For many Jews, this type of language is unsettling: it colonializes Judaism and its most sacred text, making them into part of a Christian narrative, both historically and theologically. The idea that the Bible came directly in its current form from God and never changed over the millennia is a standard position for some evangelicals, but one that, to most biblical scholars, is deeply problematic.
The text of the Bible has been subject to innumerable changes—some intentional, some accidental—over the course of its 2,000-year history of copying and editing. Even the text of the Torah scroll has not remained stable: the medieval period saw debates within Judaism about which manuscript should serve as the basis for the standard Torah scroll. (The one that eventually won out, and that serves as the basis for virtually all modern translations, including the King James, contains dozens of scribal mistakes.)
Some key figures connected with the Greens’ relatively recent history as collectors say that there’s another reason the museum owns so many Torah scrolls: because they are relatively cheap for the Greens to buy and, when donated to the museum, can be worth many times their purchase price in tax write-offs. (Other aspects of the Greens’ collecting practices, as has been well-documented, have been less than perfectly above board.) According to Scott Carroll, when they first started collecting biblical artifacts, the Greens wanted to identify artifacts for purchase that could be donated to the museum for tax purposes.
When Carroll began collecting for the Greens, he told us, the average cost of a decommissioned Torah scroll was between $1,000 and $1,500 apiece. But they could be appraised for a great deal more. The replacement cost for a Torah scroll in the United States varies from anywhere between $50,000 and $120,000; Carroll put a fair average at around $70,000. “And then you’re dealing with something that’s several centuries old, that survived the Holocaust, and this and that, and you’ve got these items reaching—it depends what they are, but $90,000 to $150,000 to $250,000 and even more.” (The price of a Torah scroll has increased. In a mid-2015 interview, Carroll told us they were selling at around $7,500-$10,000, still a substantial rate of return by anyone’s estimate.) At a tax write-off of up to 100 percent of the appraised value of each piece, Carroll said, “It’s a great opportunity to buy something that is [priced] low that would in a Western market appraise high.”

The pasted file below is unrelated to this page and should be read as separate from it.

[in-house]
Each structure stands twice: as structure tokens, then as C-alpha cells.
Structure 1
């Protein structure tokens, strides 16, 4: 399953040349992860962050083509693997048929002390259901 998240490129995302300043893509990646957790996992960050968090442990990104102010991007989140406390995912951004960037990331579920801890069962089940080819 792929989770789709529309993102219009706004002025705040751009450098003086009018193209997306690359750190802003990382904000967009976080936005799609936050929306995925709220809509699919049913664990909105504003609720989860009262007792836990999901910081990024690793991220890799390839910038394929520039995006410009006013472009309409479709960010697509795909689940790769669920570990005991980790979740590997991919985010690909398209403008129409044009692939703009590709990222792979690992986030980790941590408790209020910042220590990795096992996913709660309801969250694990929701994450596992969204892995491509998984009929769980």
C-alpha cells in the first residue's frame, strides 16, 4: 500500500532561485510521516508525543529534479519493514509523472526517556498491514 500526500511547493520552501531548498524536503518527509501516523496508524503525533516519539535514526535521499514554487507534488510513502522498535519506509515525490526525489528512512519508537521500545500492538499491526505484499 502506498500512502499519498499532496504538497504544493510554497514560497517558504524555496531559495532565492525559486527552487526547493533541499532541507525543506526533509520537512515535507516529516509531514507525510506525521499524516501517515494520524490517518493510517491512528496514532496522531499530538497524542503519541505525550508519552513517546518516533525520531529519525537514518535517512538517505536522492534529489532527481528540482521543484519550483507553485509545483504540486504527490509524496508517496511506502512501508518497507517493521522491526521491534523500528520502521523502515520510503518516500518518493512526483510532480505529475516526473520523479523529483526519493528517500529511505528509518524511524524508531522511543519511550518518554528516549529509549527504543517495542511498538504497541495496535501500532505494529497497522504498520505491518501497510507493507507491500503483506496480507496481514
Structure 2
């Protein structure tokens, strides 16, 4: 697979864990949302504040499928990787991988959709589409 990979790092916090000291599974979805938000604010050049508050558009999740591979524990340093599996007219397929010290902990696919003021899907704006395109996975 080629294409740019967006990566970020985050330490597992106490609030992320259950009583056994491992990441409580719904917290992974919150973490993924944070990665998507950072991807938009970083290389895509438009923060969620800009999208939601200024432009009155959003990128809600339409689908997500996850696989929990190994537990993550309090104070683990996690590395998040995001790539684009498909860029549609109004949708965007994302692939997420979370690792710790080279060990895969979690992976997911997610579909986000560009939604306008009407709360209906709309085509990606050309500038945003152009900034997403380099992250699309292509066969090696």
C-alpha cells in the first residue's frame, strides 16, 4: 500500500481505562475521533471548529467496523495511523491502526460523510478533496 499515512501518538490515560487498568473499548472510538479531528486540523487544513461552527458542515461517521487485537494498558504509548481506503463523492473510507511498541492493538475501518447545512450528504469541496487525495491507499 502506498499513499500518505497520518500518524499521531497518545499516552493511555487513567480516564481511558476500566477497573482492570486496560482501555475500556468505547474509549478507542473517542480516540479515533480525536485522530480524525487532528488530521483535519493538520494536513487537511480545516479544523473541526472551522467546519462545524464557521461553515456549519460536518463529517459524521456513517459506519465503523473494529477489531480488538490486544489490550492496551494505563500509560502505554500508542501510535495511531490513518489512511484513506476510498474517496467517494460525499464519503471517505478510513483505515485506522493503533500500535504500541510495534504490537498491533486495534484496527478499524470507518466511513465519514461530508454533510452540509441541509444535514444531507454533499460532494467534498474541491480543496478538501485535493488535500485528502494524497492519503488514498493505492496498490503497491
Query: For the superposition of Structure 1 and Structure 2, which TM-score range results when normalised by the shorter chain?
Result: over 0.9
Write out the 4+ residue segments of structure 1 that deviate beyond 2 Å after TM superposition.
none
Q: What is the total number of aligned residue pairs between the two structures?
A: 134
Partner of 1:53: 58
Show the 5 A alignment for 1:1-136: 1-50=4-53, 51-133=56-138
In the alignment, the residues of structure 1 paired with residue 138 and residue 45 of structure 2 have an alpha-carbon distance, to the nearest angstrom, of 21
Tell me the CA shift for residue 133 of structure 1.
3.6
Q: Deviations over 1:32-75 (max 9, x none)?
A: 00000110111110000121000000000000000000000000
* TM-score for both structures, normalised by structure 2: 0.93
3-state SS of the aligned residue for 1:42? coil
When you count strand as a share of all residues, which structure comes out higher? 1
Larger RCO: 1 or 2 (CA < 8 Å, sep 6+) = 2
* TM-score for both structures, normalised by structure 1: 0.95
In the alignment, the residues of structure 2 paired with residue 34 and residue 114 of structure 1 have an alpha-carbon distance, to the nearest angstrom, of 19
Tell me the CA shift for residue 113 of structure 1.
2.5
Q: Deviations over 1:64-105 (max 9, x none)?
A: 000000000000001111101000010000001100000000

As with the Greens, the tax implications for the Larsons of donating Torah scrolls are not insubstantial, and are surely not unknown: they have used none other than Scott Carroll to help them identify and acquire their scrolls.
When we asked Steve Green how he decides which artifacts to donate to the museum, he confirmed that the donation process is driven by financial considerations. “I don’t know that there’s a lot of rhyme and reason to it,” he said. “It’s just what’s easy….We want to donate X amount, and we can do it with this [artifact].” He also acknowledged that scholarly research was being used for the purpose of financial valuation: “The more scholarly research, the better we know what it is, then an appraiser can accurately assess what it is.”
The problem was that scholarly research takes time. Green said that decisions about what to donate could be challenging because an item had not yet been fully studied, and therefore could not be properly valued. This, according to Carroll, is where the Torah scroll collection came in handy. They could be quickly appraised and donated without having to wait for scholars to finish research.
And this may well explain why the museum owns such a disproportionately large number of this particular artifact. When we asked whether this was the case, Museum of the Bible directed us to the Green Collection; the Green Collection declined to participate in this story.
If the math is right, this all means that the purchase and donation of these Torah scrolls has netted the Greens many millions of dollars worth of tax write-offs. These scrolls, the heritage of European Judaism, now sit in a display case at the museum or in storage, in the possession of one of the world’s most prominent evangelical families. Carroll noted that this situation may result in an unfortunate impression: “The Greens in some way have built... a Christian museum on the backs of Jewish items.”